The Hard Work of Uncovering African American History

Working in the field of African American history, she regularly finds the names of enslaved people, but it’s often piecemeal. “I might come across an interview with a formerly enslaved woman that mentions 10 other individuals, for example,” she says. Some of these interviews were conducted in the 1920s by African American researchers at Fisk University, and others in the 1930s by the WPA—Depression-era Works Progress Administration—which conducted interviews with 2,300 formerly enslaved people from the 1930s, in which each of those people mentioned many other former slaves.

Other sources include plantations, many of which kept records of enslaved people’s names; military records of Black soldiers from the Revolutionary War through the Civil War; and local archives, from church records to county clerk offices.

The central goal of 10 Million Names is to bring all that information together and map the connections between people, so that their descendants today can trace them. “We are attempting to create a place that connects all of this information in one free and publicly accessible database,” Field says. “The really exciting part will be once we have enough datasets, they can start informing one another—so you could see a soldier in the Civil War who also shows up elsewhere on a plantation ledger.”

As chief historian on the project, Field leads the 10 Million Names Scholars’ Council, which includes Greenidge, who is also an associate professor in the Department of Studies in Race, Colonialism, and Diaspora and author, most recently, of The Grimkes: The Legacy of Slavery in an American Family.

Other members of the council include Vincent Brown, the Charles Warren Professor of American History and professor of African and African American Studies at Harvard University; Thavolia Glymph, Peabody Family Distinguished Professor of History at Duke University and president-elect of the American Historical Association; and Henry Louis Gates, Jr., Alphonse Fletcher University Professor and director of the Hutchins Center for African & African American Research at Harvard University.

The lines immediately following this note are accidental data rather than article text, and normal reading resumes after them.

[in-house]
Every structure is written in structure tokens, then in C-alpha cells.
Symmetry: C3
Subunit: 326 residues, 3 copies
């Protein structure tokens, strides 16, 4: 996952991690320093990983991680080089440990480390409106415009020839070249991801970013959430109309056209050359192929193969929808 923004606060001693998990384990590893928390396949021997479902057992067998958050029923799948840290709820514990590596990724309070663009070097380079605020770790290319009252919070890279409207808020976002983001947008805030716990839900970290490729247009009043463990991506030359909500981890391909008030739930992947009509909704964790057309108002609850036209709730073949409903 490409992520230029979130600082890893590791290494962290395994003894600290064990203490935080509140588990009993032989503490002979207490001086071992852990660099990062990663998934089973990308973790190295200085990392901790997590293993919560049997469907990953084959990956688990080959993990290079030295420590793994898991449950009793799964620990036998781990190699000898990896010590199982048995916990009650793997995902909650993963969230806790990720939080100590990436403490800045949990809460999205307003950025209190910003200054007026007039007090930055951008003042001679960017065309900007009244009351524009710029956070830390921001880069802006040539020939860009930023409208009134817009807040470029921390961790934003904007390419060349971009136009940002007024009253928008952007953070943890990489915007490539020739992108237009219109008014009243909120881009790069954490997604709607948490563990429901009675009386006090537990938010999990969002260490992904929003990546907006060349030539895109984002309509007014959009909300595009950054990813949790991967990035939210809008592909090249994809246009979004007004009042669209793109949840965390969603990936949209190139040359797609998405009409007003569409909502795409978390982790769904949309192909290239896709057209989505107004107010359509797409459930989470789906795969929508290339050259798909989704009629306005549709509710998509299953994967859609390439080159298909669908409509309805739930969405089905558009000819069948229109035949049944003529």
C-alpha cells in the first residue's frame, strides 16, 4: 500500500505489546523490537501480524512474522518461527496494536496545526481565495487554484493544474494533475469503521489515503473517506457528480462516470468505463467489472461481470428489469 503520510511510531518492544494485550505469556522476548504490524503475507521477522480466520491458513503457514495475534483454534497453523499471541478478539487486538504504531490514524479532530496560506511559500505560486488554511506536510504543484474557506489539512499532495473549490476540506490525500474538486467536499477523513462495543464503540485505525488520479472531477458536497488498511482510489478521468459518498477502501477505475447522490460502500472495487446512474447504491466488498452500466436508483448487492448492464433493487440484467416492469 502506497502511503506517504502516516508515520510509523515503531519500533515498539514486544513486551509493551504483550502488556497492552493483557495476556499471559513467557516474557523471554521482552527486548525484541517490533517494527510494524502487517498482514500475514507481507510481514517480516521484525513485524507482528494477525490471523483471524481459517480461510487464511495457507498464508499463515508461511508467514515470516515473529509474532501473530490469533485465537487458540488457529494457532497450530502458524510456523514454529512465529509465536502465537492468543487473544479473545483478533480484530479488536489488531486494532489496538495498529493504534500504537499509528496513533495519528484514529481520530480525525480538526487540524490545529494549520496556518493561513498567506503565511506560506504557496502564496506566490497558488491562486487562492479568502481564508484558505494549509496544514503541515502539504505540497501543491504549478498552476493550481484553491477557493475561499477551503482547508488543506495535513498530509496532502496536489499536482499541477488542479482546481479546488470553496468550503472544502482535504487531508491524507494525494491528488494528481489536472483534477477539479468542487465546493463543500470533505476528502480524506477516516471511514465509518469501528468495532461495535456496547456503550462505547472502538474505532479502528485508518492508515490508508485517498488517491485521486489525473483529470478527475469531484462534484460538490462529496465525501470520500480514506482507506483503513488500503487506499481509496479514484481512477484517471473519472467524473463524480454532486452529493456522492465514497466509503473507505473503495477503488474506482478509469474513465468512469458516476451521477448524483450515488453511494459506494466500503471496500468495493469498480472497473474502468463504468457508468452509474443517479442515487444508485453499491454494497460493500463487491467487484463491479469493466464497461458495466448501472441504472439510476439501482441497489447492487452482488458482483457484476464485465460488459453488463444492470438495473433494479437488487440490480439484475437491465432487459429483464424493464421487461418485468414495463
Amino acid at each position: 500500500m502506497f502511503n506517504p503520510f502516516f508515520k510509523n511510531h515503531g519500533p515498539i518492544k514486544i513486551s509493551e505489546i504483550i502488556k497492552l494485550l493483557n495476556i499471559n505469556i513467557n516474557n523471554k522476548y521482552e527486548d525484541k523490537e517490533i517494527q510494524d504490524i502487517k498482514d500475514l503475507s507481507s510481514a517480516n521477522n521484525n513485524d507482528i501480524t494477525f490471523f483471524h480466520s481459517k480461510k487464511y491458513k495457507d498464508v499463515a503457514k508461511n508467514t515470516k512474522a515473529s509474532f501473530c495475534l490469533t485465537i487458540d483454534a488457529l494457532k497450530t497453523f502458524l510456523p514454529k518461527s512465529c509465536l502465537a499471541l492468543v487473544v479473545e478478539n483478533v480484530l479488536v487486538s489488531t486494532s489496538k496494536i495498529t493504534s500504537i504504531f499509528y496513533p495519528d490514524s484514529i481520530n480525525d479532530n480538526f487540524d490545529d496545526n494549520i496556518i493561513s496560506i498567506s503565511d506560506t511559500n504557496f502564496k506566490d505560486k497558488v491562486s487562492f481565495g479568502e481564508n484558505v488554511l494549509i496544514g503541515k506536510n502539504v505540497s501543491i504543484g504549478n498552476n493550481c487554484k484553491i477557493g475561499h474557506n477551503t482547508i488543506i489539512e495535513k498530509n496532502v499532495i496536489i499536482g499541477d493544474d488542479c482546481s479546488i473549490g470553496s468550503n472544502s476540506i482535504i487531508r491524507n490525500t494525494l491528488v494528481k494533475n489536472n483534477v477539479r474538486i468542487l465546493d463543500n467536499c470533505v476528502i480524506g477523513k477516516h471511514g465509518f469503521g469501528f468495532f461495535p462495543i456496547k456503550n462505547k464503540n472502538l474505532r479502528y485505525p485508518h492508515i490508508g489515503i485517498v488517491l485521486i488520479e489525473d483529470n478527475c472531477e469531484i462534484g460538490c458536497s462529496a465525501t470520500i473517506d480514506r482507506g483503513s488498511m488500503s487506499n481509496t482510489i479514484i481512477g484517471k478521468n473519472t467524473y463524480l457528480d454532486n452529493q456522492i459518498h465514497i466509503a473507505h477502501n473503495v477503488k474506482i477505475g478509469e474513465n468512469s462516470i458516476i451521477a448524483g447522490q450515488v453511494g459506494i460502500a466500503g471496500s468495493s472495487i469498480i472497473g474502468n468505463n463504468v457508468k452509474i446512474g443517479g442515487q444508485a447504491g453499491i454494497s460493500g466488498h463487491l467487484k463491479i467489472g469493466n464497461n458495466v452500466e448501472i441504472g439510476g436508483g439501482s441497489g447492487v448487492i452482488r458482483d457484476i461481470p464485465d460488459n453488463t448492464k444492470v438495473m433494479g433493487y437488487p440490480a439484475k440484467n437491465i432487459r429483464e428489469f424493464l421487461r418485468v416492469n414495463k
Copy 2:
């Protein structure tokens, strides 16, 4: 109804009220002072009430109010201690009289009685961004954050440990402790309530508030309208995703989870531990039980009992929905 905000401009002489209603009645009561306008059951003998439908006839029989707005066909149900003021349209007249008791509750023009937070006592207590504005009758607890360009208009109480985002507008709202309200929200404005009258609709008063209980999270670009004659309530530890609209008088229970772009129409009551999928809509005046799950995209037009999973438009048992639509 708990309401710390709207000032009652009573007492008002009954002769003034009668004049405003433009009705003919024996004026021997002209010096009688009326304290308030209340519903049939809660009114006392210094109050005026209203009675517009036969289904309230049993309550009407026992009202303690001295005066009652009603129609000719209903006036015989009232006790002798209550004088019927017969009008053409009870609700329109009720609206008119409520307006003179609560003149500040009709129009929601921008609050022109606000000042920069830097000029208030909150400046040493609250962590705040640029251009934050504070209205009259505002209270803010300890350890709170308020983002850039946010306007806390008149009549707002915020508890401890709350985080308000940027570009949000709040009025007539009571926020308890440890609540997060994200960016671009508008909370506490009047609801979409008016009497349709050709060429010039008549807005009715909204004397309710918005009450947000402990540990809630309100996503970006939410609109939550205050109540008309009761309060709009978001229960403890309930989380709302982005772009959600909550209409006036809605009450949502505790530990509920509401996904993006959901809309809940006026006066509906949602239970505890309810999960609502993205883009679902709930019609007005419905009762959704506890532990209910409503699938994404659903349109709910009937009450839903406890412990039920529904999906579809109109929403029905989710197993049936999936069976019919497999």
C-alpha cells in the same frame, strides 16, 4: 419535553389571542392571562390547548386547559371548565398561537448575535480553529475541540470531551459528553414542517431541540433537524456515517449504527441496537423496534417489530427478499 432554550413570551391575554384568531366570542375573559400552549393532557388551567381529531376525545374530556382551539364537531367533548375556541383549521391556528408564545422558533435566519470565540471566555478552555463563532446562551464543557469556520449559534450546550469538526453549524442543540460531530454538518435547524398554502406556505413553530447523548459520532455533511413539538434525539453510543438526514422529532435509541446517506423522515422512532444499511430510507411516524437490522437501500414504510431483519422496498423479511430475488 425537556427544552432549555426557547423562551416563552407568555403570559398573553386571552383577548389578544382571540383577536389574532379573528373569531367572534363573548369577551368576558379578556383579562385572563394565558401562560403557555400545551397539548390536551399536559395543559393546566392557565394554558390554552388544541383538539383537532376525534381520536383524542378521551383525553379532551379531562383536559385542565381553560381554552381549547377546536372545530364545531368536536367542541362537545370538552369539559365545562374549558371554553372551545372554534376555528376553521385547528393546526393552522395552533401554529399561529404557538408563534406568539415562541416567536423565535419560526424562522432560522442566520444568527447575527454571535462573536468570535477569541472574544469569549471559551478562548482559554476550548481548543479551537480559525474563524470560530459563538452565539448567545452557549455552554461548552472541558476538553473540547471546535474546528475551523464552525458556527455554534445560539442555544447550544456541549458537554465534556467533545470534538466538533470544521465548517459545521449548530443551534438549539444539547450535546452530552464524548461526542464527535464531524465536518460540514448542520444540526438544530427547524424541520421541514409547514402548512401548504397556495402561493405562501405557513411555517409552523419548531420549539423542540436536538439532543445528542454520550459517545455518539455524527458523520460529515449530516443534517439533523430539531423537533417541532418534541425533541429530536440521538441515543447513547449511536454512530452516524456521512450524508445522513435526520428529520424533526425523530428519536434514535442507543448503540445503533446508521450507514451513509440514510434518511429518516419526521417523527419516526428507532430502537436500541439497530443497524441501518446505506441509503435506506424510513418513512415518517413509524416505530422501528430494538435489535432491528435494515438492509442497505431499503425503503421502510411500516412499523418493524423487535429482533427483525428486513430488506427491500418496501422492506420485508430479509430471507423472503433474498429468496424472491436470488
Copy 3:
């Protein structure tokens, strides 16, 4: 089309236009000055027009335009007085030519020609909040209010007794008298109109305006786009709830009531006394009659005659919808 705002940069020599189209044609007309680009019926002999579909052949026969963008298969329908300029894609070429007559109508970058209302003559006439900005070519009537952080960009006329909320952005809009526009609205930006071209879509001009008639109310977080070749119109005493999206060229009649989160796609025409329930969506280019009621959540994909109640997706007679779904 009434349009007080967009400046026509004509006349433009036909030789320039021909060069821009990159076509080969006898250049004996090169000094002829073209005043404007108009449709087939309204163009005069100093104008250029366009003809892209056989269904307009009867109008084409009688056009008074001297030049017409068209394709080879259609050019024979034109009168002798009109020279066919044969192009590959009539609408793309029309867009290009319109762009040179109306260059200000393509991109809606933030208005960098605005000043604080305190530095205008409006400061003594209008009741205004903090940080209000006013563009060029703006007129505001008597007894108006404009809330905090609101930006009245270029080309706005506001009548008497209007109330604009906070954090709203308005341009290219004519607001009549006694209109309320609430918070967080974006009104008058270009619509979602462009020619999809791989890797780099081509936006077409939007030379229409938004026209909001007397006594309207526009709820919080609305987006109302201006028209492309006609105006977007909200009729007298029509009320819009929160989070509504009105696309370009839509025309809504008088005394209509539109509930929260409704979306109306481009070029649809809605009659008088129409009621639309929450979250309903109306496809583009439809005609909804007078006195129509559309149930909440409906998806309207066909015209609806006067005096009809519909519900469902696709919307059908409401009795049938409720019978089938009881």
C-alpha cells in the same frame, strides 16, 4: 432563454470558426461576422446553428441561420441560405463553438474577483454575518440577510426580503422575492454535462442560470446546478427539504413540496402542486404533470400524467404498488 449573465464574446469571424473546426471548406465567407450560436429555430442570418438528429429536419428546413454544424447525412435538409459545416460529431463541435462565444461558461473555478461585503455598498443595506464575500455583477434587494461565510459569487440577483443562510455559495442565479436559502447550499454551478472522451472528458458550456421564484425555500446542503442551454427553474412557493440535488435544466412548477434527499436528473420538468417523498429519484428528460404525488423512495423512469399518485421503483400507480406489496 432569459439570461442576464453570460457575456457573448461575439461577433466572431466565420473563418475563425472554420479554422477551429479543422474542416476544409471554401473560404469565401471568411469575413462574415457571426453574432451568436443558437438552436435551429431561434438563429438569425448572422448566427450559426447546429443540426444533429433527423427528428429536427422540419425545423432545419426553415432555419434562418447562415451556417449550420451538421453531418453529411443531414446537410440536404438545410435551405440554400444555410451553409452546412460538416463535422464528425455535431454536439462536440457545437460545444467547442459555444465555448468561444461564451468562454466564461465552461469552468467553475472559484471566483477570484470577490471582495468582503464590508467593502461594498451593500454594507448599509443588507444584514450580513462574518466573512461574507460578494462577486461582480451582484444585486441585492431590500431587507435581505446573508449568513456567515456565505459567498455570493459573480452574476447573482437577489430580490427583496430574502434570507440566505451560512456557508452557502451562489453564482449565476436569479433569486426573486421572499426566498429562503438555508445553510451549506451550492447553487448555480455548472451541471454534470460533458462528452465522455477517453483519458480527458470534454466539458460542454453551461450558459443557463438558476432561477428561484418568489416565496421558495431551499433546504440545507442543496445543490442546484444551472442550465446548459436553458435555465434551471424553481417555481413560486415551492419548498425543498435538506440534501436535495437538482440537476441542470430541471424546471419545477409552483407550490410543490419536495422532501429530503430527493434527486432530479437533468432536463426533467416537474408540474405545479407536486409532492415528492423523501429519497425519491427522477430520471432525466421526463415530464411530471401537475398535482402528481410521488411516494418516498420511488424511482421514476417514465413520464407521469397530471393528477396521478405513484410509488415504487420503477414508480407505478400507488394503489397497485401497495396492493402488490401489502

The project’s researchers will integrate methods of both genealogists and historians. While most of the staff are trained genealogists, the project is “reversing the typical approach, and borrowing from the historian’s toolkit,” says Field. The project will begin with original source material from the period of enslavement (1500s to 1865) and move forward. In so doing, Field says, “researchers will engage with a far broader set of sources as they develop pathways to those 10 million names.”

The generational, decades-long project will involve collaborations with many groups and institutions, is important for so many people, Field says. “African and African American naming and genealog­ical practices were a powerful and often-veiled form of resistance and identity throughout the histo­ry of slavery—and, more broadly, African American history,” she says. The project will help “to recover and restore many of these names to their families, to the history of the African diaspora, and to American history.”